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Being Single in the Workplace

by Dr. Michael Abruzzese

There's a mythology about being single. Fueled by advertisements, movies, television shows and perhaps encouraged by our own idealizations and selective nostalgia, the single life is supposed to be great. It's not as wonderful as the fantasy claims, of course, but the single life has its joys.

Working isn't always one of them, however. Compared to the current emphasis given to work and "family" issues, those workers without families can feel left out of the corporate family. In some cases their contributions can be marginalized by their married cohorts and they can even face overt discrimination by management.

Consider the more subtle ways this can happen. It's always true that management has a certain world view of what an employee "should" be in terms of productivity, commitment, trustworthiness and so on. In poorly run companies, this view is never fully articulated, but is more a series of "unwritten rules" that workers have to guess at to follow. In better-run companies, the rules are clear and straightforward with little or no guesswork needed. When something is fuzzy, there's a mechanism in place to clear thing up.

Business has only recently begun to realize that treating workers well is not only just plain good, it's also good business. But this world view varies with the company and the movement away from not trusting employees to empowering them is still in its infancy. Due to that, many a family-friendly policy is started before its true impact on all employees is fully understood.

Take flex hours, for example. Flex hours are a real boon to many families and when management offers such a perk, it's no surprise when a family man or woman wants to take advantage of it to spend more time with his or her family.

But why would a single person want to take advantage of it? Why would single employees want to work fewer hours?

Might they be starting a business of their own? Working part time for a competitor? Or maybe the employee just isn't committed to the job or company any more? After all, goes the reasoning, a family man or woman has obvious obligations, but what obligations does a single employee have?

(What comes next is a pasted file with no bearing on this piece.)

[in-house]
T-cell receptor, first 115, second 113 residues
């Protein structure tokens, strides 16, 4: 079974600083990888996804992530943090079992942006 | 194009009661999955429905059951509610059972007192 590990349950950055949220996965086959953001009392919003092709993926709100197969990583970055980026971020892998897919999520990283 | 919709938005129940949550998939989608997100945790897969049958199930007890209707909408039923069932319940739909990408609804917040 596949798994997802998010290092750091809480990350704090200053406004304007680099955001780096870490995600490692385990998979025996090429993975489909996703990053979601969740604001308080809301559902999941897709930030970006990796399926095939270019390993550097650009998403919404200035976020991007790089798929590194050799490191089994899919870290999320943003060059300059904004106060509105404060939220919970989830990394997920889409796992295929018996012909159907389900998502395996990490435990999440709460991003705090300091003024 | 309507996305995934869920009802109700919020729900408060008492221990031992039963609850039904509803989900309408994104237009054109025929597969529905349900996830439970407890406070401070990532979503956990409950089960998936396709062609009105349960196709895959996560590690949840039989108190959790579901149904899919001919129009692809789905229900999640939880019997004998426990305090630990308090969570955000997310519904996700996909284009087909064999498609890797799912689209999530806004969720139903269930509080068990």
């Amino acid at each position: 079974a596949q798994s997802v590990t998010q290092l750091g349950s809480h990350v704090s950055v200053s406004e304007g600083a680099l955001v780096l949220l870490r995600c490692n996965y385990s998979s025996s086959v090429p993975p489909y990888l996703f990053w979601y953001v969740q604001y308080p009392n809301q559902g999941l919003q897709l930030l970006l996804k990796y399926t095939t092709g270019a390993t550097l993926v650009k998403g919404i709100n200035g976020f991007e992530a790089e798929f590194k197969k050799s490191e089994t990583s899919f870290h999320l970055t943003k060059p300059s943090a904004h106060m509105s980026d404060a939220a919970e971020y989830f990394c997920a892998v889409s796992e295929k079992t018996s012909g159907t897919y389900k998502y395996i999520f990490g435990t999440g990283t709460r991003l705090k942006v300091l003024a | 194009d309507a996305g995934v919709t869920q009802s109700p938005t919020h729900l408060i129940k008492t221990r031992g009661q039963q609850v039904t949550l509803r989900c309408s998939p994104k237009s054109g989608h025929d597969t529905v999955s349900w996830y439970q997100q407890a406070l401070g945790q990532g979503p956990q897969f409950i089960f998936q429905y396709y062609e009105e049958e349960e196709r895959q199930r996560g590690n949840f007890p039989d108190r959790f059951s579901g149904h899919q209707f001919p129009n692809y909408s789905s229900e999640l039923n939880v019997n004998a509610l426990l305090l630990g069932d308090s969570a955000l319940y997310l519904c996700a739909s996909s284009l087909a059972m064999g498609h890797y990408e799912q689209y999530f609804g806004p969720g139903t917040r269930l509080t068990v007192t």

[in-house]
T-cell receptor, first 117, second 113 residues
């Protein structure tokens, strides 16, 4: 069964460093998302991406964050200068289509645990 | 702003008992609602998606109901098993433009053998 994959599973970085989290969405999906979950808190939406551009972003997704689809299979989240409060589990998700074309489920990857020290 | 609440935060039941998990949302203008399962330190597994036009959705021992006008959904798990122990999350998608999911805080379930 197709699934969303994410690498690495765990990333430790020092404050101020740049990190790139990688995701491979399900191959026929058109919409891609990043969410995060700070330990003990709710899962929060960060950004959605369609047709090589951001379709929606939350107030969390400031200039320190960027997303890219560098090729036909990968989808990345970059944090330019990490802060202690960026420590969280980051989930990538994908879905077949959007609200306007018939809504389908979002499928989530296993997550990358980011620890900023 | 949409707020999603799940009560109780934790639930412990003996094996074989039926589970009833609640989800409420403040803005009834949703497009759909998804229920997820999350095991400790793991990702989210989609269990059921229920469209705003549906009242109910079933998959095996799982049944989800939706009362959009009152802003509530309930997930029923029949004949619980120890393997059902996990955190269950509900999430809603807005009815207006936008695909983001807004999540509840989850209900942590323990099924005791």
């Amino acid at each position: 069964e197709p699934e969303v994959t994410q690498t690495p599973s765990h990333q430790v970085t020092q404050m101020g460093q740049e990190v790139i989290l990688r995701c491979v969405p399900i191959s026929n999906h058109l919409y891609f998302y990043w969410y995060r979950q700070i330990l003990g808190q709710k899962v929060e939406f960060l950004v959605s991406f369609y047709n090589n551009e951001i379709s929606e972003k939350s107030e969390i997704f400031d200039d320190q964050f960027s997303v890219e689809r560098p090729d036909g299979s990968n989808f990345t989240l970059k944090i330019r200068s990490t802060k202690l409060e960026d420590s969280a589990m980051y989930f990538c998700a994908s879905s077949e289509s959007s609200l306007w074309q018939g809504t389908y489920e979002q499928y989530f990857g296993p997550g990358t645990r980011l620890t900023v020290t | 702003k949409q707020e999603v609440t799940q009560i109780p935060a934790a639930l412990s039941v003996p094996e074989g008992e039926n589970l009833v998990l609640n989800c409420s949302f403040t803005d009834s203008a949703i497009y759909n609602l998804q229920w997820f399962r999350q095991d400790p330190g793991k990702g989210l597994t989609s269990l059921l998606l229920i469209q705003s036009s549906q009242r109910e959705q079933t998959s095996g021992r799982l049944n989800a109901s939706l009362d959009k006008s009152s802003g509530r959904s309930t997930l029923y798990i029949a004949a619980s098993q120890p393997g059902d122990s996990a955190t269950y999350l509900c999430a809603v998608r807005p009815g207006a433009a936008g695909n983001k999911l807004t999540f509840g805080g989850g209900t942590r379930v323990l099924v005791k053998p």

As any single person can tell you: Plenty. Basically, single people have all the obligations that family people have except they have to tackle them all without a spouse to handle half the workload. Any single parent knows that burden. And just because a worker is single doesn't mean there's no partner or significant other sharing the worker's life.

To compensate for these little details, businesses have begun to move past work and family issues and expand their world view to encompass "work and life" issues. This is a great step forward as far as company policy goes, but it doesn't account for the more subtle ways in which single employees are faced with different expectations than are married employees.

In smaller companies, for example, where overtime is necessary and workers few, who is expected to work late -- the single worker or the married one? In management planning, is it the single guy who's seen as solid, reliable and able to handle multi-tasking or is it the family man with children?

In strategy meetings, is the single woman who's well groomed, immaculately dressed and on time seen as having had put the same effort into being at the meeting as is the married woman with children who's similarly dressed, groomed and on time?

In an informal survey taken at a recent management seminar, fully 10 percent of the participants identified themselves primarily as single people in their corporation rather than as marketers, managers, change agents and so on.

It's striking that of all the roles that these professionals were called upon to play each day, they most strongly felt that being single was the strongest psychological role for them in the company and what defined them in the work place. It is in helping single employees confront this psychological role and its perceived corporate limitations that management can make a valuable and meaningful contribution to the entire workforce.

Women and other minorities, of course, have known for years that they've had to work twice as hard just to be accorded the same regard as the archetypal white, married male. Single people are learning the same thing and management will have come a long way when it can recognize and equalize the subtle ways in which all their workers can feel valued as persons as well as contributors to the corporate vision.

Michael Abruzzese, Ph.D., is a clinical instructor at Harvard Medical School, director of the Institute for Cognitive and Behavioral Psychology Inc. and a consulting psychologist in Boston, Mass.

This article originally appeared in HR Today and has been reprinted with permission of the author.

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